1. At the start of the process we will first will ask for ideas, views and information from appropriate organisations, individuals and communities (usually by means of the pre- production brief).
  2. For planning policy documents which are likely to have impacts on adjoining local authority areas, the council will engage with the relevant local authorities at the earliest possible stage in the preparation of the document plan under the Council’s “duty to co-operate”. This will help to ensure communities and organisations in the adjoining area are notified and have opportunities to be involved in the preparation of the document. It will also enable the council and adjoining local authorities to identify any cross-boundary impacts and necessary mitigation measures, as well as co-ordinate consultation activities
  3. After considering the initial comments and the relevance of previous consultation results we will consider the need to prepare documents for additional consultation stages setting out options, information, greater detail or a preferred option or other useful content. These consultation stages will be a minimum of four weeks but as a norm will be six weeks. If the consultation unavoidably includes a major public holiday then a longer period for responding will be given. Once we are satisfied that a fair opportunity has been offered for organisations and individuals to express their views we will prepare the formal “submission document”.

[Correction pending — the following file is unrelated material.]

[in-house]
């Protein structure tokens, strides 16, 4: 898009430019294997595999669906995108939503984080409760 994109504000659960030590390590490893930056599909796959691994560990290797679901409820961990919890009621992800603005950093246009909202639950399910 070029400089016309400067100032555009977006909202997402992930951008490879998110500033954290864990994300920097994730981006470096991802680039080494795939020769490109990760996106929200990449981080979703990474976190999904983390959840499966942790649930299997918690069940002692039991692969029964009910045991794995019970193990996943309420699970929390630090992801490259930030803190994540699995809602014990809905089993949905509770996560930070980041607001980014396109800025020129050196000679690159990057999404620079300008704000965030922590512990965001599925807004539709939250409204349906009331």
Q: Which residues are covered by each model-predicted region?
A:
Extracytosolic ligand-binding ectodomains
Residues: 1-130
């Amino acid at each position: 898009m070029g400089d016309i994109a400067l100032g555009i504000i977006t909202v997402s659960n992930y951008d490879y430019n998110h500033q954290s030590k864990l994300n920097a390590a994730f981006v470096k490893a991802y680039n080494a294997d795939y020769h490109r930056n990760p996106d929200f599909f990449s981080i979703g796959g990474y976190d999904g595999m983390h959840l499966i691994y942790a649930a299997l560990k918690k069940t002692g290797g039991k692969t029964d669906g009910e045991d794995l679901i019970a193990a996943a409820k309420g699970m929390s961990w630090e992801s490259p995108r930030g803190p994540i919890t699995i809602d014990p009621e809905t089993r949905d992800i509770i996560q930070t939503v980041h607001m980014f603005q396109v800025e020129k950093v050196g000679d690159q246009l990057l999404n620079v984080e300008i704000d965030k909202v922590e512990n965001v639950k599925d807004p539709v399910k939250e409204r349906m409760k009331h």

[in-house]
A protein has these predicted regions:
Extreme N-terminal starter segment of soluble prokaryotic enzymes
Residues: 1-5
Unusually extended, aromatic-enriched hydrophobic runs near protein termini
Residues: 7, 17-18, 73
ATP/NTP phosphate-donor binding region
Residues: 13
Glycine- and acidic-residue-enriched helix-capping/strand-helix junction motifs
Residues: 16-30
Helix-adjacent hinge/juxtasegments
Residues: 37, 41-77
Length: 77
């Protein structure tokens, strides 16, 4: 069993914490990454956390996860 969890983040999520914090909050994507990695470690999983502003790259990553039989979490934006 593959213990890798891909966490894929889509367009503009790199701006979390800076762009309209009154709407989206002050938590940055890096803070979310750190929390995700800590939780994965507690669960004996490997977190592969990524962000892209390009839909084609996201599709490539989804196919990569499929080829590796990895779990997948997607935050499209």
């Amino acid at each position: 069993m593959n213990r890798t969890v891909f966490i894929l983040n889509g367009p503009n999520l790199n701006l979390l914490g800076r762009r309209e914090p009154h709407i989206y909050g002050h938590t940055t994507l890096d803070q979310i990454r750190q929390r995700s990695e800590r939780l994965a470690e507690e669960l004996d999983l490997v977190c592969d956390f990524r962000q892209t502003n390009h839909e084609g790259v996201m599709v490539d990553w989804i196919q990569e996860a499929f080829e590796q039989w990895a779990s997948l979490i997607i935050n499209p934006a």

4. We will formally publish the submission document (or equivalent under any revision to the relevant regulations) for formal representations to be made. The formal consultation period will be a minimum of six weeks.
  5. An additional consultation period may be necessary following submission if pre- examination modifications are required, or if the inspector proposes modifications and consultation on these.